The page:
One year ago, on July 7, 2014, Israel began an assault on the Gaza Strip that would last 51 days.
While a permanent ceasefire was brokered between Hamas and Israel on August 26, physical safety and freedom of movement continues to be denied to the people of Gaza. The already rapid deterioration of the economy and infrastructure was only hastened by the seven weeks of aerial bombardment.
As of May 2015, 80% of the population in Gaza relied on international aid, mostly just to put food on the table.
Throughout the Gaza Strip, over 100,000 people whose homes were destroyed or made uninhabitable have become homeless as they wait for the slow trickle of building materials to reach them. Families are crammed into sweltering caravans or temporary apartments that many cannot afford.
The massive displacement of people in Gaza coincides with a shortfall in funding for UNRWA, the UN agency responsible for Palestinian refugees. The group’s resources have been stretched to meet the massive surge in humanitarian need caused by violent conflicts throughout the region. In June 2015, UNRWA was forced to close its shelters in Gaza and has been unable to fulfil many of its promises of cash allotments to internally displaced families there.
A recent report by an independent commission working for the UN Human Rights Council found ample evidence of possible war crimes committed by Israel, and the council voted to adopt the report and condemn Israel’s actions in Gaza. But there is no indication that Israel will be held accountable for the devastation it wrought on Gaza through its blockade imposed since 2007, which it continues to impose.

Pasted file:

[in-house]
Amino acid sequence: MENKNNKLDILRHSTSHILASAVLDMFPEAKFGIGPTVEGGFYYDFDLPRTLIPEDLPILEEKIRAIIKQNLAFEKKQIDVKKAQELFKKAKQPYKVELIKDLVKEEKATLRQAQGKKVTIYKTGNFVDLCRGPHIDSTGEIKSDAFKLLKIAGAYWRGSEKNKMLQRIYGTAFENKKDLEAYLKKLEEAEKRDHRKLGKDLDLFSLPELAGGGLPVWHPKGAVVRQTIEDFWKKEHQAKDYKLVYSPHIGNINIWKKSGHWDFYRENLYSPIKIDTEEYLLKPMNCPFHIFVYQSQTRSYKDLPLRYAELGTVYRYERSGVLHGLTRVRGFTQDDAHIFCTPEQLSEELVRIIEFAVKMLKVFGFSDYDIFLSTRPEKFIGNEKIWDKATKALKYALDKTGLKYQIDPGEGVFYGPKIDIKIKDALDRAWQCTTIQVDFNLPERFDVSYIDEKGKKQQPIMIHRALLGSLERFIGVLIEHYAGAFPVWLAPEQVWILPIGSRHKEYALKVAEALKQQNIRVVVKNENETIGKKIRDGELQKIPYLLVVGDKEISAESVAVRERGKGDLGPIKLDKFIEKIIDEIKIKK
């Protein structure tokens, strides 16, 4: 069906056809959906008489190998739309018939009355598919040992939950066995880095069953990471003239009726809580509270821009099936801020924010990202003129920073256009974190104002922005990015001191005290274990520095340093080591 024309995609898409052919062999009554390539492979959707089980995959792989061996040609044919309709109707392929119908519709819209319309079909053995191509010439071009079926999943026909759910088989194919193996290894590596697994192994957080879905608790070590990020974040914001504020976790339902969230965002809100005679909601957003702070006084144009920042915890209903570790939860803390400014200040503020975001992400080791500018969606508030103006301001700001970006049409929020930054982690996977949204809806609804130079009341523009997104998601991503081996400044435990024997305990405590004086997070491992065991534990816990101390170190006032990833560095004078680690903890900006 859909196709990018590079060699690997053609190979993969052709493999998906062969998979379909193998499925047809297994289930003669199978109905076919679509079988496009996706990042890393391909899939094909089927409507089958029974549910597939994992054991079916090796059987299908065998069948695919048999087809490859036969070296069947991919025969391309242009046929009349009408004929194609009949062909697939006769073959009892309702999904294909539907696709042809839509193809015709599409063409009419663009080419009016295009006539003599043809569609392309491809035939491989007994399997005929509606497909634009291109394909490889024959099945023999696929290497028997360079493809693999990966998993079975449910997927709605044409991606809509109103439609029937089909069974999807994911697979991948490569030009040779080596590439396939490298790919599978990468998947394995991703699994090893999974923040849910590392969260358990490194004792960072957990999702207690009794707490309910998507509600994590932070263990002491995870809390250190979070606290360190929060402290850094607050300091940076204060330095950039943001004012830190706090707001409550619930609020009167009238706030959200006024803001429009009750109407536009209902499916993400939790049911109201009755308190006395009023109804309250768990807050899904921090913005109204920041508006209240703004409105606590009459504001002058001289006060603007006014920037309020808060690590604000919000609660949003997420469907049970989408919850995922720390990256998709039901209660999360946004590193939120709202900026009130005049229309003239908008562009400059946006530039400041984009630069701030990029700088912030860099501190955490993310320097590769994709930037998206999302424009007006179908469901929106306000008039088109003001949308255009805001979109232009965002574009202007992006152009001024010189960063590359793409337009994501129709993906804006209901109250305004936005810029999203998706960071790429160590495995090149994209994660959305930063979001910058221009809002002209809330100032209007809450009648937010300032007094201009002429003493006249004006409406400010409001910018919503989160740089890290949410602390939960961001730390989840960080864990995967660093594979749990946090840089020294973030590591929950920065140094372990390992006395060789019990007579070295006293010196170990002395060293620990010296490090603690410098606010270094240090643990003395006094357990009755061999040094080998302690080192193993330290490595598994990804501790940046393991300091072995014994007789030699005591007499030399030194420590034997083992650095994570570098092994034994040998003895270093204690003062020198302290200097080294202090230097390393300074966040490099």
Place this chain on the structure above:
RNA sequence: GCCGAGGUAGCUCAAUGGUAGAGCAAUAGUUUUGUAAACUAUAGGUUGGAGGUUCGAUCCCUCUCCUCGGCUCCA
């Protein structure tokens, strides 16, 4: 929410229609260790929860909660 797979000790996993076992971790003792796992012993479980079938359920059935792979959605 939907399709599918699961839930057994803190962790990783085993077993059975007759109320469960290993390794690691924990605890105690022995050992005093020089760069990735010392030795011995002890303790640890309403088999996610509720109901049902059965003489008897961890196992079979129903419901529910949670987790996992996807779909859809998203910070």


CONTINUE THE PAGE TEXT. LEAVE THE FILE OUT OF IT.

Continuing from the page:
The terms of the ceasefire last August were never made public. But it reportedly promised an easing of the closure of Gaza’s borders and the naval blockade on Gaza’s sea, as Israel has agreed to in the past.
Statistics compiled by the UN Office for the Coordination of Humanitarian Affairs (OCHA) and Oxfam suggest a slight easing of the closures. Israeli organisation Gisha has noted that senior Israeli officials — including Prime Minister Benjamin Netanyahu and former and current chiefs of staff Benny Gantz, Gadi Eizenkot and Major General Yoav Mordechai — have publicly acknowledged the need to allow Gaza to rebuild, in order to maintain stability.
However, these gestures do nothing to address Gaza’s pressing needs that are rooted in its total subjugation to Israel’s whims.
Here is a brief breakdown of the situation, one year on from the war.
Movement and trade
Figures reflect an overall easing of the crossings with Israel, but following some attacks on Israelis by Palestinians in the West Bank and recent violence in northern Sinai, Israel curbed all transit through the Kerem Shalom commercial crossing and cancelled many permits to cross through Erez checkpoint, demonstrating that Palestinians are collectively punished for things they have no control over.